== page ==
Cady Stanton was a social activist, and a leading figure of the
early women's rights movement in the United States. With her husband,
Henry Stanton and cousin, Gerrit Smith, Elizabeth Cady Stanton
was also active in the anti-slavery Abolitionist movement. Stanton
had a strong friendship with abolitionist and former slave Frederick
Elizabeth Cady was born in Johnstown, New York to Daniel Cady
and Margaret Livingston Cady. Daniel Cady was a prominent attorney
who served a term in the Congress of the United States and later
became a judge. Margaret Livingston was the daughter of Colonel
James Livingston, an officer in the American Revolutionary War.
Cady met Henry Brewster Stanton through her early involvement
in the temperance and the abolition movements. Henry Stanton was
a journalist, an antislavery orator, and, after their marriage,
became an attorney. Despite Daniel Cady's reservations, the couple
were married in 1840 and had seven carefully spaced children.
Cady Stanton loved motherhood and assumed primary responsibility
for rearing the children.
was remembered by her daughter Margaret as cheerful, sunny and
indulgent. Stanton took her husband's surname as part of her own,
signing herself Elizabeth Cady Stanton or E. Cady Stanton, but
refused to be addressed as Mrs. Henry B. Stanton. Feeling that
women were individual persons, she asserted that "(t)he custom
of calling women Mrs. John This and Mrs. Tom That and colored
men Sambo and Zip Coon, is founded on the principle that white
men are lords of all."
Stanton marriage was not entirely without tension and disagreement.
Due to employment, travel and financial considerations, husband
and wife lived more often apart than together. Friends of the
couple found them very similar in temperament and ambition, but
quite dissimilar in their views on issues such as women's rights.
In 1842, abolitionist reformer Sarah Grimke counseled Elizabeth
in a letter: "Henry greatly needs a humble, holy companion
and thou needest the same." However, both Stantons appeared
to consider their marriage an overall success and the marriage
lasted for forty-seven years, ending with Henry's death in 1887.
(Baker, pp. 99-113).
died in 1902 and was interred in the Woodlawn Cemetery in Bronx,
Stanton was a great admirer of feminist Lucretia Mott, whom she
heard speak at the International Anti-Slavery Convention in London,
England in the spring of 1840 while on her honeymoon. Stanton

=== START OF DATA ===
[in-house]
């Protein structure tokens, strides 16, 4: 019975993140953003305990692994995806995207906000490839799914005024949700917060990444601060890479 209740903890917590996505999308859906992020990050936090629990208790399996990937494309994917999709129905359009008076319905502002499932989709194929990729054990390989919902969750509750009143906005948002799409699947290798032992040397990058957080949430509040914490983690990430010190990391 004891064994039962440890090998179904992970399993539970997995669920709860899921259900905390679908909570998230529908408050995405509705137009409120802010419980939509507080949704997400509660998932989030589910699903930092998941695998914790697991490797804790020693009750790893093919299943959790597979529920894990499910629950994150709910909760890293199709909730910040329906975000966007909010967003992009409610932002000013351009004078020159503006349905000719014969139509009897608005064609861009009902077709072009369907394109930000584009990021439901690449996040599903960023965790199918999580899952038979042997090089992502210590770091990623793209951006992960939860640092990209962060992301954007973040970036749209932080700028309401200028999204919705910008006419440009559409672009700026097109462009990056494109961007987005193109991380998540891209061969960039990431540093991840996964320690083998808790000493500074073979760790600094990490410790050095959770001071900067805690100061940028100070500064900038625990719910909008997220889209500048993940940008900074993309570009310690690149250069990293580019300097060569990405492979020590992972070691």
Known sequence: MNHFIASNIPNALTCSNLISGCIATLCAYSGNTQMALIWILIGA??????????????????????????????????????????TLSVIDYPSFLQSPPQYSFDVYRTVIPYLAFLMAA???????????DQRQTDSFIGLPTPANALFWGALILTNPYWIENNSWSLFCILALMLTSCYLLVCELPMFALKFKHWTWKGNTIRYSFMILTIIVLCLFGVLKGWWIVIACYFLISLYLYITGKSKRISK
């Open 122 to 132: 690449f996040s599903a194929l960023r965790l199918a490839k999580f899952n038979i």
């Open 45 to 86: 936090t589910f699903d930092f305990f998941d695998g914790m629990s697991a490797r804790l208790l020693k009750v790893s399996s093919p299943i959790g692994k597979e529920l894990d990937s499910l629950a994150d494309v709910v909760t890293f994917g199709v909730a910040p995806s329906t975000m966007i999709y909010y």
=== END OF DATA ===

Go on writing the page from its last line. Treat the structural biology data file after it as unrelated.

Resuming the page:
became angry when she couldn't see Mott speak, as women in the
audience were required to sit in a roped-off section hidden from
the view of the men in attendance.
and Mott were the primary organizers of the 1848 Women's Rights
Convention in Seneca Falls, New York. For this convention, Stanton
drafted a Declaration of Sentiments, declaring that men and women
are created equal. She also proposed a resolution, that was voted
upon and carried, demanding voting rights for women. Stanton went
on to write many of the more important documents and speeches
of the women's rights movement.
1851, Stanton met Susan
B. Anthony. They were introduced on a
street in Seneca Falls, by mutual acquaintance Amelia Bloomer,
also a feminist. Stanton and Anthony were to remain close friends
and colleagues for the rest of her life, though unlike Anthony,
Stanton wanted to push a broader platform of women's rights than
in 1869, they founded the National Woman's Suffrage Association,
an organization dedicated to gaining women the right to vote.
In 1890, Stanton opposed a merger with the American Woman Suffrage
Association, which created a National American Woman Suffrage
Association. Despite her opposition, Stanton became its first
president (largely due to Susan
B. Anthony's support), however
she was never popular among more conservative elements of the
and Anthony also began the women's rights newsletter The Revolution,
which included frequent contributions from Stanton. Starting in
1881, Stanton, Anthony and Matilda Joslyn Gage published the first
of three volumes of the History of Woman Suffrage, an anthology
of writings about the movement in which they were so prominent.
This anthology reached six volumes by various writers in 1922.
Stanton was also active internationally, spending a great deal
of time in Europe in her later years, and in 1888 she helped prepare
for the founding of the International Council of Women.
after the passage of the Fifteenth Amendment to the United States
Constitution (which proposed black suffrage but had neglected
female suffrage), and its support by the Equal Rights Association
and prominent suffragists such as Lucy Stone, a gulf appeared
between the women's rights movement and the move for racial equality.
Cady Stanton declared, "I will cut off this right arm of
mine before I will ever work for or demand the ballot for the
Negro and not the woman."
a view different from many modern activists, Stanton believed
that abortion was infanticide (The Revolution, I, No. 5 (February
5, 1868), 1). She addressed the issue in an 1873 letter to Julia
Ward Howe, recorded in Howe's diary at Harvard University Library,
and in editions of the newsletter The Revolution. Stanton wrote,
"When we consider that women are treated as property, it
is degrading to women that we should treat our children as property
to be disposed of as we see fit." She suggested that solutions
to abortion would be found, at least in part, in the elevation
and enfranchisement of women.
was an outspoken supporter, and speech writer of the 19th century
temperance movement, however her views on religion distanced her
from the Woman's Christian Temperance Union. She also addressed
other issues including the guardianship of children, reformation
of divorce laws, and the economic health of the family. She was
a strong critic of religion in general and Christianity in particular.